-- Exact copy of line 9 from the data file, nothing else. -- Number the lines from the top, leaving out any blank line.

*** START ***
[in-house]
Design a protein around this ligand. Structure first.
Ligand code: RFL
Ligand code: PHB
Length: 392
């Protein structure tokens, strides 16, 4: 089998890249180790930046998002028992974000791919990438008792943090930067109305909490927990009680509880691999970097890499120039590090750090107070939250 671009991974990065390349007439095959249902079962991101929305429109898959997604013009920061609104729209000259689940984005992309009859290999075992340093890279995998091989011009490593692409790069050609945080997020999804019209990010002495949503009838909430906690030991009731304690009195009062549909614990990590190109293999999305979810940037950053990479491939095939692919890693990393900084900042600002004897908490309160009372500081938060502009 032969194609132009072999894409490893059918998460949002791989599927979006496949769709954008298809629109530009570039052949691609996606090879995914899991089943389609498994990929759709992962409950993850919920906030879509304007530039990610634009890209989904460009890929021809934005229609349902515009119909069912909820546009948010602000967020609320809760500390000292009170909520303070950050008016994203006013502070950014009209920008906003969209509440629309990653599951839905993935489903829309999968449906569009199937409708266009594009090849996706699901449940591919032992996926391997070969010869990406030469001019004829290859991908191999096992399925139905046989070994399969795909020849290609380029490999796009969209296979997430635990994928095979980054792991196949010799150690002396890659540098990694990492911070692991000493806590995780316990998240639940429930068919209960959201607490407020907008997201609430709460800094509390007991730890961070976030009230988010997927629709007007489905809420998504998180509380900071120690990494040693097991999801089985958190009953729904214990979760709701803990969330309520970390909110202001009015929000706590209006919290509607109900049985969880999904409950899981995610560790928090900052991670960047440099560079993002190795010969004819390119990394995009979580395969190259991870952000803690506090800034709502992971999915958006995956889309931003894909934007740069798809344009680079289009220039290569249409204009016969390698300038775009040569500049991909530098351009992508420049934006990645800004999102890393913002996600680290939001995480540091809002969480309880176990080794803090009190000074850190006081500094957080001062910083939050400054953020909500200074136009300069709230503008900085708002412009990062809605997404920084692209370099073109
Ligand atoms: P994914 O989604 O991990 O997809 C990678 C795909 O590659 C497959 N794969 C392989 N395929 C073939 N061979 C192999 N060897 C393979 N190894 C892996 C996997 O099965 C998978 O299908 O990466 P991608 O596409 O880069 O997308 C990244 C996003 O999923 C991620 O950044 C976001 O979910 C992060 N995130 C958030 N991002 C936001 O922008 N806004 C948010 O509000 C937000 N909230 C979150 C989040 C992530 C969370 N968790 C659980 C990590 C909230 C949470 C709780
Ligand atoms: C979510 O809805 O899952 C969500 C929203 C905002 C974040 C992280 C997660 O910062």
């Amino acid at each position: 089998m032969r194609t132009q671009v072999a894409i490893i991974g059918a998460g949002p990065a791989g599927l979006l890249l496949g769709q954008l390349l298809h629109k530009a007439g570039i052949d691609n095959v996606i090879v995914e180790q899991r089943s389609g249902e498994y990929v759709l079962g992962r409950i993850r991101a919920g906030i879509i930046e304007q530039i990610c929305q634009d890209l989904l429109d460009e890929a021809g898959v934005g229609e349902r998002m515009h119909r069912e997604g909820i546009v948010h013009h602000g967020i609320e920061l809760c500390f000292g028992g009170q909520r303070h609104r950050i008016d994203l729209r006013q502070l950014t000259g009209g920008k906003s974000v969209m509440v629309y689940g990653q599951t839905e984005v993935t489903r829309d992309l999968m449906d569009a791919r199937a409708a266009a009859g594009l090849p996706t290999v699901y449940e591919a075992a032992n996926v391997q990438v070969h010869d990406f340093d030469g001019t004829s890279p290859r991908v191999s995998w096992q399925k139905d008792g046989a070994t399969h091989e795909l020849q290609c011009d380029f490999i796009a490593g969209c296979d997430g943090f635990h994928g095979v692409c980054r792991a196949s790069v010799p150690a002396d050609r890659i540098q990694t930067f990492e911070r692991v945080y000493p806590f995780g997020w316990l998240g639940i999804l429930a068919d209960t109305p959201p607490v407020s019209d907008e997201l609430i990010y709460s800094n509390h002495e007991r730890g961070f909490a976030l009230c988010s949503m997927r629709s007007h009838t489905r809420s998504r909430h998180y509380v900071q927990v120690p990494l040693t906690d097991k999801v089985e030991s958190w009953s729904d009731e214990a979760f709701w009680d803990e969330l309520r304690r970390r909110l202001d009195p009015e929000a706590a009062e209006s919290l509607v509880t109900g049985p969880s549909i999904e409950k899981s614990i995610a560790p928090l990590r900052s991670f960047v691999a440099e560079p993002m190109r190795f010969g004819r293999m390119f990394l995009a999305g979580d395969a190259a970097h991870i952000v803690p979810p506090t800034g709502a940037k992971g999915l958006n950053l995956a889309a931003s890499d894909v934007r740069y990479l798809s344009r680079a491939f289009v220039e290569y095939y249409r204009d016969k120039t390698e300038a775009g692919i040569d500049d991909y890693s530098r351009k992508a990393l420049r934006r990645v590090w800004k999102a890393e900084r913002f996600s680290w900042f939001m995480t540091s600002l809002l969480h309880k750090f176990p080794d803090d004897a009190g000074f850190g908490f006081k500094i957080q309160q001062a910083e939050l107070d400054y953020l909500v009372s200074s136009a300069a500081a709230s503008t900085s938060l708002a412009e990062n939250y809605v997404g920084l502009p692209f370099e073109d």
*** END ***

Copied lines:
């Amino acid at each position: 089998m032969r194609t132009q671009v072999a894409i490893i991974g059918a998460g949002p990065a791989g599927l979006l890249l496949g769709q954008l390349l298809h629109k530009a007439g570039i052949d691609n095959v996606i090879v995914e180790q899991r089943s389609g249902e498994y990929v759709l079962g992962r409950i993850r991101a919920g906030i879509i930046e304007q530039i990610c929305q634009d890209l989904l429109d460009e890929a021809g898959v934005g229609e349902r998002m515009h119909r069912e997604g909820i546009v948010h013009h602000g967020i609320e920061l809760c500390f000292g028992g009170q909520r303070h609104r950050i008016d994203l729209r006013q502070l950014t000259g009209g920008k906003s974000v969209m509440v629309y689940g990653q599951t839905e984005v993935t489903r829309d992309l999968m449906d569009a791919r199937a409708a266009a009859g594009l090849p996706t290999v699901y449940e591919a075992a032992n996926v391997q990438v070969h010869d990406f340093d030469g001019t004829s890279p290859r991908v191999s995998w096992q399925k139905d008792g046989a070994t399969h091989e795909l020849q290609c011009d380029f490999i796009a490593g969209c296979d997430g943090f635990h994928g095979v692409c980054r792991a196949s790069v010799p150690a002396d050609r890659i540098q990694t930067f990492e911070r692991v945080y000493p806590f995780g997020w316990l998240g639940i999804l429930a068919d209960t109305p959201p607490v407020s019209d907008e997201l609430i990010y709460s800094n509390h002495e007991r730890g961070f909490a976030l009230c988010s949503m997927r629709s007007h009838t489905r809420s998504r909430h998180y509380v900071q927990v120690p990494l040693t906690d097991k999801v089985e030991s958190w009953s729904d009731e214990a979760f709701w009680d803990e969330l309520r304690r970390r909110l202001d009195p009015e929000a706590a009062e209006s919290l509607v509880t109900g049985p969880s549909i999904e409950k899981s614990i995610a560790p928090l990590r900052s991670f960047v691999a440099e560079p993002m190109r190795f010969g004819r293999m390119f990394l995009a999305g979580d395969a190259a970097h991870i952000v803690p979810p506090t800034g709502a940037k992971g999915l958006n950053l995956a889309a931003s890499d894909v934007r740069y990479l798809s344009r680079a491939f289009v220039e290569y095939y249409r204009d016969k120039t390698e300038a775009g692919i040569d500049d991909y890693s530098r351009k992508a990393l420049r934006r990645v590090w800004k999102a890393e900084r913002f996600s680290w900042f939001m995480t540091s600002l809002l969480h309880k750090f176990p080794d803090d004897a009190g000074f850190g908490f006081k500094i957080q309160q001062a910083e939050l107070d400054y953020l909500v009372s200074s136009a300069a500081a709230s503008t900085s938060l708002a412009e990062n939250y809605v997404g920084l502009p692209f370099e073109d």